One of the wilder controversies in the pizza world went off the deep end last week when Louis Barbati, co-owner of the legendary L&B Spumoni Gardens in Brooklyn, was shot to death at his home. According to media reports, police think it was a botched robbery, but that theory may raise more questions than it answers. And the biggest question is, did the murder have anything to do with Barbati’s delicious sauce recipe that once sparked tensions between two rival Mafia families?
A man in a hoodie lay in wait for Barbati and shot him multiple times after he’d driven home from work on Thursday night. The killer then fled without taking any of Barbati’s flashy jewelry or the cash in his pockets ($10,000, according to some reports). The New York Times says police are “trying to figure out if Mr. Barbati’s past—specifically, a feud connected to his restaurant—may have played a role in his demise.”
The feud took place in 2009, after Eugene Lombardo, whose sons worked at L&B, allegedly stole Barbati’s secret sauce recipe and opened his own pizzeria, called The Square, across the bridge on Staten Island. Lombardo was affiliated with the Bonanno crime family, according to New York newspaper accounts, while Frank Guerra, the former husband of an L&B co-owner, was allegedly an associate of the Colombo mob.
Once Lombardo opened his new restaurant, Guerra—who was acquitted of the double murder of former crime boss Joseph Scopo and Staten Island club owner Michael Devine—and two Colombo family associates, Anthony Russo and Frank Iannaci, paid Lombardo a little visit. A heated argument soon broke out over the alleged theft of the sauce recipe, and Ianacci slapped Lombardo, according to the Daily Mail.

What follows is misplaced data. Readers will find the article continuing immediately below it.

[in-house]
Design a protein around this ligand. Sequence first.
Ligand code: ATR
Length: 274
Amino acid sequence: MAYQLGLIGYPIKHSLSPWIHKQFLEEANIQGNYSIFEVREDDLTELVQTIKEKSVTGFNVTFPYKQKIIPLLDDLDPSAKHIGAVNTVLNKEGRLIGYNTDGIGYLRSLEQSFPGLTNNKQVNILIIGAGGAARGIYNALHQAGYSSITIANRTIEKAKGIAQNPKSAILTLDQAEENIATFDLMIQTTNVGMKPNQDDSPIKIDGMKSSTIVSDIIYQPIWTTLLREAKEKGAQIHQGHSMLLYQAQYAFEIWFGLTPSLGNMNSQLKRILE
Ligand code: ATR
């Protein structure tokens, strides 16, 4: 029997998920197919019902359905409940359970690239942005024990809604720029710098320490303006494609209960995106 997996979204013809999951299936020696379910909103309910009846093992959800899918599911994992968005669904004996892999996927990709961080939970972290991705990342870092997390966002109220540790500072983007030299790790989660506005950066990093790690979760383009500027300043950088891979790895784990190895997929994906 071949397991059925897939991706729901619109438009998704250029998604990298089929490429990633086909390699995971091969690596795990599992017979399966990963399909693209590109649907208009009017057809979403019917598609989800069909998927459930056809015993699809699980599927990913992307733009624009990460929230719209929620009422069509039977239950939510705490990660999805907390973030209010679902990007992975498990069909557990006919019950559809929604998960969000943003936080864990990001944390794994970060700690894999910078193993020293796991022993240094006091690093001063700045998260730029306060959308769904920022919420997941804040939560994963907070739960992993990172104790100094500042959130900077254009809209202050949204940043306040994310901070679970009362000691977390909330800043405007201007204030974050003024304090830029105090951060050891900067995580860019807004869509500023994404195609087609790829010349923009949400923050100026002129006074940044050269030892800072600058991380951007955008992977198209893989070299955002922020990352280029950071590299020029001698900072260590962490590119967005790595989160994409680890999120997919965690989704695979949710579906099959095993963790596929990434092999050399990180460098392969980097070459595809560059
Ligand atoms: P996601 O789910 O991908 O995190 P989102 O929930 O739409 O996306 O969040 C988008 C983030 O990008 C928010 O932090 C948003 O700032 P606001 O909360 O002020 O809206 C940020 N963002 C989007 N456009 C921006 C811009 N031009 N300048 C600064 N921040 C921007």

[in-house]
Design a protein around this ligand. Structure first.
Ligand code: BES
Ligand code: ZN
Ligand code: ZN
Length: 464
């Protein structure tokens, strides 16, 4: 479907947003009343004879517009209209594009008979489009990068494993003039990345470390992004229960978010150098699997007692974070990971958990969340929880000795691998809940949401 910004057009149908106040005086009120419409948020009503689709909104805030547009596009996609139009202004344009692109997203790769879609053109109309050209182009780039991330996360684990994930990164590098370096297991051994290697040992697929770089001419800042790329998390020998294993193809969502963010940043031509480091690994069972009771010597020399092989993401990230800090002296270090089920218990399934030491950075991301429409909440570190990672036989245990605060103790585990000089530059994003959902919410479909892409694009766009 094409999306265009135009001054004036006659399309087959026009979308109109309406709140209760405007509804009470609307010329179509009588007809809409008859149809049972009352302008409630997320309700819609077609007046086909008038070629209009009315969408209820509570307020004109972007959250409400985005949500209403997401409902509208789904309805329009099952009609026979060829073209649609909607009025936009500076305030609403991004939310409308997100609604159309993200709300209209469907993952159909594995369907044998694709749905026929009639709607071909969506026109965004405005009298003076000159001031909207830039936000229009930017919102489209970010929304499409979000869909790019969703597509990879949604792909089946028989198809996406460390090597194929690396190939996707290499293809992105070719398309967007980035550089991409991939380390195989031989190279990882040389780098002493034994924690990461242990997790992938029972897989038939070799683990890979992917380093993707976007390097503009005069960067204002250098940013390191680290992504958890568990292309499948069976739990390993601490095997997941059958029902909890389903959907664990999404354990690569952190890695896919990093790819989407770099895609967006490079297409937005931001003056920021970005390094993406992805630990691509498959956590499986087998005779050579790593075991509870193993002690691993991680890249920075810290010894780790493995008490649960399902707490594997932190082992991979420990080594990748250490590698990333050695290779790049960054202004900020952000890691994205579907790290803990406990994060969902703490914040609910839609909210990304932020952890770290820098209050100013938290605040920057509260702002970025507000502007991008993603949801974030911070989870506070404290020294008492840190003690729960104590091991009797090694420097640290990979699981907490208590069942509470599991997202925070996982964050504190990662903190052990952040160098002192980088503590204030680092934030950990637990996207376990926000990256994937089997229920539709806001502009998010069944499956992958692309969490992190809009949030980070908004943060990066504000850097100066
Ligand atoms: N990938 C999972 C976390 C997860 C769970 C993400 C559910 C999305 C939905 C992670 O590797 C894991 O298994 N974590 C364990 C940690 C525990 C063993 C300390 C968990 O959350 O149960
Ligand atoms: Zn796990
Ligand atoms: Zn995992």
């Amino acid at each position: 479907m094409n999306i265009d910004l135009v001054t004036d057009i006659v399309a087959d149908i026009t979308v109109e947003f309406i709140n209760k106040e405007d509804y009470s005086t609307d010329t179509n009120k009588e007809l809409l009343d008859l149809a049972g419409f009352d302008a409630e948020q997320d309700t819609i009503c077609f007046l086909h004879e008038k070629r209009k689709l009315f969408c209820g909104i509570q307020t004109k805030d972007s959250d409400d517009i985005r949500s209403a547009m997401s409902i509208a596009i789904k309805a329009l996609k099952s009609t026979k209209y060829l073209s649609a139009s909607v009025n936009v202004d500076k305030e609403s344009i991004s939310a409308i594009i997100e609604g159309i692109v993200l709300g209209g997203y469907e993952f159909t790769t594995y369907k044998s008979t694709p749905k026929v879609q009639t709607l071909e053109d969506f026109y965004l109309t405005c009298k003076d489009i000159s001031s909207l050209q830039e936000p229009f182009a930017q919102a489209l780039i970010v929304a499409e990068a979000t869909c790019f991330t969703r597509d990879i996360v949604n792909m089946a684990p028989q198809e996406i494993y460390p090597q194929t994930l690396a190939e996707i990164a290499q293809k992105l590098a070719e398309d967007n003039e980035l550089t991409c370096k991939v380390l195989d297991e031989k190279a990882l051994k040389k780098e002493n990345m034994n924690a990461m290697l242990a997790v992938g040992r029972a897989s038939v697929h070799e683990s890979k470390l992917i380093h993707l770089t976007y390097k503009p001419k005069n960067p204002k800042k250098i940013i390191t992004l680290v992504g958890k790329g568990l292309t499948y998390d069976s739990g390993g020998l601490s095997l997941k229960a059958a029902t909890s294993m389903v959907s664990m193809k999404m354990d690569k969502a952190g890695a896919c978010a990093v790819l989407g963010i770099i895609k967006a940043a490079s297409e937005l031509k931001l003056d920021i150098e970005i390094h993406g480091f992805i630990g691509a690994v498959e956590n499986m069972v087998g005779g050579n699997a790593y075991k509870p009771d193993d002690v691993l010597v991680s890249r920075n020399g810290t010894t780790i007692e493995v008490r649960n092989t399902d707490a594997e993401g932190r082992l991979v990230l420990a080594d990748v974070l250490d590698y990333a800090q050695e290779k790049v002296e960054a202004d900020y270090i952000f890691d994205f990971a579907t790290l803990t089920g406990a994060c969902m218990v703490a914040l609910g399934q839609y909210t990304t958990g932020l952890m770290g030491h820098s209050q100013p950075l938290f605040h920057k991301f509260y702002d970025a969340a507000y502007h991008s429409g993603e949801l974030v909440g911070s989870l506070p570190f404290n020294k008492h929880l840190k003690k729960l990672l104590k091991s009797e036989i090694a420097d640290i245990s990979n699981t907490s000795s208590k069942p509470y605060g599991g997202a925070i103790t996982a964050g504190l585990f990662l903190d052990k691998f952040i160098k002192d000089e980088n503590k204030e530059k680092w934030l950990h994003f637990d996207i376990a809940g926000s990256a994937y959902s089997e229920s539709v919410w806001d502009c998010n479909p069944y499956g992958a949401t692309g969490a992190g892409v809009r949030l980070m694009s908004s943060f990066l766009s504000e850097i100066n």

As tensions began to escalate, another mob associate called a sit-down between the Colombo and Bonanno families at a Panera restaurant. “The Colombos demanded a share in (Lombardo’s) restaurant or a $75,000 payment for stealing the recipe,” the Daily Mail reports. Eventually, Lombardo agreed to pay out $4,000 to members of the Colombo organization.
Guerra was later charged with extortion and faced trial for his role in the feud. He’s now serving prison time for selling Oxycontin.
News reports do not link Louis Barbati himself or his family's restaurant to any kind of Mafia activity. He was the grandson of Ludovico Barbati, who founded L&B’s in 1939 and made it famous for its Sicilian-style pies and Italian ices. The New York Times described Louis Barbati as “a fixture in the neighborhood, a magnetic man with an infectious laugh and an encyclopedic knowledge of his trade.”
Tony Muia, founder of Slice of Brooklyn Bus Tours, is quoted as saying, “Lou was basically the face of this place. He was just this big, friendly guy who was always happy. I never saw him without this amazing love for that business.”